Careless People by Sarah Churchwell

7th Jun 2013

Careless People by Sarah Churchwell
Sarah Churchwell is the Chicago-born Professor of American Literature at the University of East Anglia. She also writes for The Guardian and The New Statesman, and is a guest critic on BBC2’s Newsnight Review.


In Careless People: Murder, Mayhem and the Invention of The Great Gatsby, Churchwell turns her expert attention to the diverse influences behind F Scott Fitzgerald’s masterpiece.

In September 1922, Scott – aged 26 – returned to New York with his vivacious wife, Zelda Fitzgerald, and their young daughter, after a year abroad. The idea for his third novel, The Great Gatsby, was taking shape. Fitzgerald’s star was rising – his stories of the jazz age and its hedonistic lifestyle made him the spokesman for a new, bolder generation.

Churchwell focuses, in the main, on the last four months of 1922 – the year in which Gatsby also begins. Prohibition was in full swing – nightclubs serving illegal alcohol fed public demand. Bootleggers were among America’s highest profile criminals.

Print journalism was still the leading source of news and information. Ulysses and The Wasteland were both published that year, while ‘Hollywood’, ‘brand-name’ and ‘robot’ were among the many new terms added to the lexicon.

Sarah Churchwell brings Fitzgerald’s work to life with a wit, elegance and timeliness that The Great Gatsby, and its author, truly deserve.The most sensational news story of 1922 was that of the Hall-Mills Murders in New Jersey. In September, the bodies of Edward Hall, an Episcopalian minister, married to a wealthy heiress, and Eleanor Mills – the sexton’s wife – were discovered in their hometown of New Brunswick.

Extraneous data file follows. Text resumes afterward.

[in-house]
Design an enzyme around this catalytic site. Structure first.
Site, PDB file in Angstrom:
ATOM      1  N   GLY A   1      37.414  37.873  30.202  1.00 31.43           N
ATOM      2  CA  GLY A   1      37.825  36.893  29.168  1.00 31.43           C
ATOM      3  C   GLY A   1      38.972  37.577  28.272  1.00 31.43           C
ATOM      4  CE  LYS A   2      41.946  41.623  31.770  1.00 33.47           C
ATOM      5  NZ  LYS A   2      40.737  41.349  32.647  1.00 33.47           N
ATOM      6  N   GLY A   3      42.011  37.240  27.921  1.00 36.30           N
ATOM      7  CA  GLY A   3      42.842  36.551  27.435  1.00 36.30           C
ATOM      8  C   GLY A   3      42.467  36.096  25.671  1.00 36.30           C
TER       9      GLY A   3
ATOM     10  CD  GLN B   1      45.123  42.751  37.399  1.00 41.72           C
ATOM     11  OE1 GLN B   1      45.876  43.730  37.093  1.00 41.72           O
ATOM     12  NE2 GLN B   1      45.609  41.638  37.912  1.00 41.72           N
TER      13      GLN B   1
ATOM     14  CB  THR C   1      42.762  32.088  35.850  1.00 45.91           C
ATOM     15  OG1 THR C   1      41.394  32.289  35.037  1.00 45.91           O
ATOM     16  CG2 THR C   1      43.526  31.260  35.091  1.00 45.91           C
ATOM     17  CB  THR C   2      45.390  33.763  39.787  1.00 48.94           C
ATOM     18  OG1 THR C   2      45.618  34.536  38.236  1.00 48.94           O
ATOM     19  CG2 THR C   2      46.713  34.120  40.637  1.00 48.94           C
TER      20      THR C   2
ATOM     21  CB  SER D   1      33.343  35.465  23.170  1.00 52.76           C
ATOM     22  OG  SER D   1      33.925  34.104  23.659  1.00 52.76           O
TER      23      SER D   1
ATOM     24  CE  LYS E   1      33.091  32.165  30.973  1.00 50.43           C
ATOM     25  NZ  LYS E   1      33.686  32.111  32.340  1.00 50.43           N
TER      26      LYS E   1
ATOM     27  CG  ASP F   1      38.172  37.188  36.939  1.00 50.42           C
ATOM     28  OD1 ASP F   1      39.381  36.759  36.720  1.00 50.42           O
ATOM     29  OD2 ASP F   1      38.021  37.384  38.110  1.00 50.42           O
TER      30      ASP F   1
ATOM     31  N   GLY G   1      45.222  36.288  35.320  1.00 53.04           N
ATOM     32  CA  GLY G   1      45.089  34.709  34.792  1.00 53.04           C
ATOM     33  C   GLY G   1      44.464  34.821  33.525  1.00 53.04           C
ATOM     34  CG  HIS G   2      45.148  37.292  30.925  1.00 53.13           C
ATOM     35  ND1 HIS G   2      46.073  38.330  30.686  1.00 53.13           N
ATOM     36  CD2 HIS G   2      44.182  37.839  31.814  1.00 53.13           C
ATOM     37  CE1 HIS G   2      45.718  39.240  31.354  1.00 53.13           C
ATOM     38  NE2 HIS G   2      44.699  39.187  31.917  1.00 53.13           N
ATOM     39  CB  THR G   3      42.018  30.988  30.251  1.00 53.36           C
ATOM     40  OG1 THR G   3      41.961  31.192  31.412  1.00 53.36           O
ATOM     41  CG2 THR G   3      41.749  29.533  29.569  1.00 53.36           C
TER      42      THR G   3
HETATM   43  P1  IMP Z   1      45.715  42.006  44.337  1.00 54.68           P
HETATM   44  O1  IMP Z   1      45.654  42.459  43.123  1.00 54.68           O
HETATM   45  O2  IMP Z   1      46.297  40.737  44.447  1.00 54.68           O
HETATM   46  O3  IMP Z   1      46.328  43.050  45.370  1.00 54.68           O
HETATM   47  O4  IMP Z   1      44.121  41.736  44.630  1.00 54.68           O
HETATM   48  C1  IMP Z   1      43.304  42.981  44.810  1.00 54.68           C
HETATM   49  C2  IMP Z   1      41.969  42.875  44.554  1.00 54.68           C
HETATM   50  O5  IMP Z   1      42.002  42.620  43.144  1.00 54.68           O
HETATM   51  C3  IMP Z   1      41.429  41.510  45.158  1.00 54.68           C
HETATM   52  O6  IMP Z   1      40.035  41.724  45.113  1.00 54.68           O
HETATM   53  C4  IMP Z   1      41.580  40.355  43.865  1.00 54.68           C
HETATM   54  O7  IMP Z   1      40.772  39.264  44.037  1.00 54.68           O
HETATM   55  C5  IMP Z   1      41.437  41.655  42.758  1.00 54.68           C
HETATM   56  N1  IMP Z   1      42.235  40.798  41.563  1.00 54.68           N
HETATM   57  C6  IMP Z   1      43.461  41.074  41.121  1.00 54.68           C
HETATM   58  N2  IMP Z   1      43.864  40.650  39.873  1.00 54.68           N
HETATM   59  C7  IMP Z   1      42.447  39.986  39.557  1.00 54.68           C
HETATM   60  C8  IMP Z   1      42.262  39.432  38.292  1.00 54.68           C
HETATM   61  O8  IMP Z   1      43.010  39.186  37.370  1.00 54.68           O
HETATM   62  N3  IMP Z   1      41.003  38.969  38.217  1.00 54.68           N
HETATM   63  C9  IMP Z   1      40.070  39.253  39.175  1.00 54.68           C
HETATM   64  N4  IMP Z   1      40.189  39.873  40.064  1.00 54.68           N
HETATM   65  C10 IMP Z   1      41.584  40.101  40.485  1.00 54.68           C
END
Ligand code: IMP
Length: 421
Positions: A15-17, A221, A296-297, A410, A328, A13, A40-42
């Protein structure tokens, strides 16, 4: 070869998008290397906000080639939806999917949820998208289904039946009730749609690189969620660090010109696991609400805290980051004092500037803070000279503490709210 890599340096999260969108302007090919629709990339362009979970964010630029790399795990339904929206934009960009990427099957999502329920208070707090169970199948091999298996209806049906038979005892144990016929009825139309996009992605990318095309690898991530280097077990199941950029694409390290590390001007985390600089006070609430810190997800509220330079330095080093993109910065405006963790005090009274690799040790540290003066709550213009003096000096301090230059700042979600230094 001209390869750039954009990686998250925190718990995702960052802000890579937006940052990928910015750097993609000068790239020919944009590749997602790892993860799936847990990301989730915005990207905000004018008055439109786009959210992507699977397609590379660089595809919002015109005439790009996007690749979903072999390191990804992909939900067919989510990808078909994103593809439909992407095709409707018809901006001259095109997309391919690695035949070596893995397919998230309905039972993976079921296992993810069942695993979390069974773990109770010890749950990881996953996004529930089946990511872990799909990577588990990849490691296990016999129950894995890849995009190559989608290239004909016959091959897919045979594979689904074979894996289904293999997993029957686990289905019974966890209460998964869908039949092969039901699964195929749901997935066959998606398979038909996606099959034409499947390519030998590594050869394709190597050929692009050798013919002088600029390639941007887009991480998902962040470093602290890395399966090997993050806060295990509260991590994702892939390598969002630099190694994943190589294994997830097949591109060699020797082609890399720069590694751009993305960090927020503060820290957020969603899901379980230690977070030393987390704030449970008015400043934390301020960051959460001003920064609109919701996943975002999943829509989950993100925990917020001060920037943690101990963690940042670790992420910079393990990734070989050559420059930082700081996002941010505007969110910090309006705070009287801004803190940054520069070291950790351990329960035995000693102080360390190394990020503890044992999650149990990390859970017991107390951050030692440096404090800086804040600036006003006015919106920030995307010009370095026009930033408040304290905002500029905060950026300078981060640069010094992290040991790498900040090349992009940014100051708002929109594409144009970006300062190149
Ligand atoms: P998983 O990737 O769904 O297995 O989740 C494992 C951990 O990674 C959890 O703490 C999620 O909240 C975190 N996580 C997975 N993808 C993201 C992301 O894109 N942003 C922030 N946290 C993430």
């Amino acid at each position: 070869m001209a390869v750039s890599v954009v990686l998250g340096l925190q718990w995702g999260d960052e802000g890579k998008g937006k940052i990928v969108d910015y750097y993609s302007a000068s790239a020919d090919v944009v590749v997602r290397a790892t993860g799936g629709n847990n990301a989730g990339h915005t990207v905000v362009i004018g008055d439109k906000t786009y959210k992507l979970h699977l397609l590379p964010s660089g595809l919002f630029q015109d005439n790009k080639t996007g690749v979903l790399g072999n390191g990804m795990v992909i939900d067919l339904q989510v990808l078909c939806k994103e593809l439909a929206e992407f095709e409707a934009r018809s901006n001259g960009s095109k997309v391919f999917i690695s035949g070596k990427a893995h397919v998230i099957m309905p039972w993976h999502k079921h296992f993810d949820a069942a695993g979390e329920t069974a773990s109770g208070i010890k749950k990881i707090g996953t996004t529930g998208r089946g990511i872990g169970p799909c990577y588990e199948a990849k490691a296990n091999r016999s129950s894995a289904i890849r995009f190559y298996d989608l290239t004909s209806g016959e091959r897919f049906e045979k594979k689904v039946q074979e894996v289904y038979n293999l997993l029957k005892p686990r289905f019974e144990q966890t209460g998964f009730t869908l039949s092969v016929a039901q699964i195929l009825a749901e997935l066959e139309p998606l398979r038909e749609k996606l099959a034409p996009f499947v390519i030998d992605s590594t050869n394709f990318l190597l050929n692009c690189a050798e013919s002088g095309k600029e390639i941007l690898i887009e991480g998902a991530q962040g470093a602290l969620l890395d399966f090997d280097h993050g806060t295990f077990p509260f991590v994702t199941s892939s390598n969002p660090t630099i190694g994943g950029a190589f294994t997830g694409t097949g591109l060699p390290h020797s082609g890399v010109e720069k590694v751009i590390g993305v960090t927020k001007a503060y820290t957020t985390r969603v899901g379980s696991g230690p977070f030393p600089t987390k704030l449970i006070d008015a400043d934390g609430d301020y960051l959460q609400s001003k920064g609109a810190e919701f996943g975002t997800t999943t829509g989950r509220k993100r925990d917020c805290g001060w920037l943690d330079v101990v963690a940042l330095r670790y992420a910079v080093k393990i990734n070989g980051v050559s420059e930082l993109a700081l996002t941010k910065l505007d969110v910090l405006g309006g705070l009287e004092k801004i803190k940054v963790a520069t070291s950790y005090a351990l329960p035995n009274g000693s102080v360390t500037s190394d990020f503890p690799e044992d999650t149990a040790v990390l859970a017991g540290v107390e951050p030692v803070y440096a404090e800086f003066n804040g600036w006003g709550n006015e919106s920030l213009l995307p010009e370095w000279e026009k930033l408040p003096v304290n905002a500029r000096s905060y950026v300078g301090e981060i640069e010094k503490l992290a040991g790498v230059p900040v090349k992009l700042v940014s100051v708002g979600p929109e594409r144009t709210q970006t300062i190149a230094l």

Both victims had been shot several times in the head, and love letters exchanged by the doomed couple were placed between their corpses. An elderly woman claimed to have witnessed the murders, and the bungled investigation made headlines for years afterward, though the crime was never solved.

Fitzgerald didn’t mention the Hall-Mills case as an inspiration for Gatsby, but themes of violence and class divisions permeate the novel. Through a series of vignettes, and with a keen eye for coincidence, Churchwell convincingly details the myriad events and personalities of 1922 that may have been on the novelist’s mind as his story unfolded.

Nonetheless, she warns against taking these real-life parallels too literally, citing the ultimately fruitless searches for the ‘model’ of Jay Gatsby, his mansion and wild parties.

Fitzgerald was already a heavy drinker and Zelda’s flamboyance enlivened any gathering. They moved to Great Neck, a fashionable suburb of Long Island, in late 1922. Their neighbours included writers and performers, while older, more aristocratic families lived nearby in their grand estates.

By 1924, the Fitzgeralds had moved to Europe to escape New York’s decadence. Published in 1925, The Great Gatsby initially received a lukewarm response from readers and critics, who dismissed it as a ‘novel of the season’. Fitzgerald’s later years were clouded by alcoholism and Zelda’s depression. He died in 1940, believing himself a failure.

The universal motifs of Gatsby are now more widely recognised, but its position on the brink of modernity has been neglected. Sarah Churchwell redresses the balance, bringing Fitzgerald’s work to life with a wit, elegance and timeliness that the novel, and its author, truly deserve.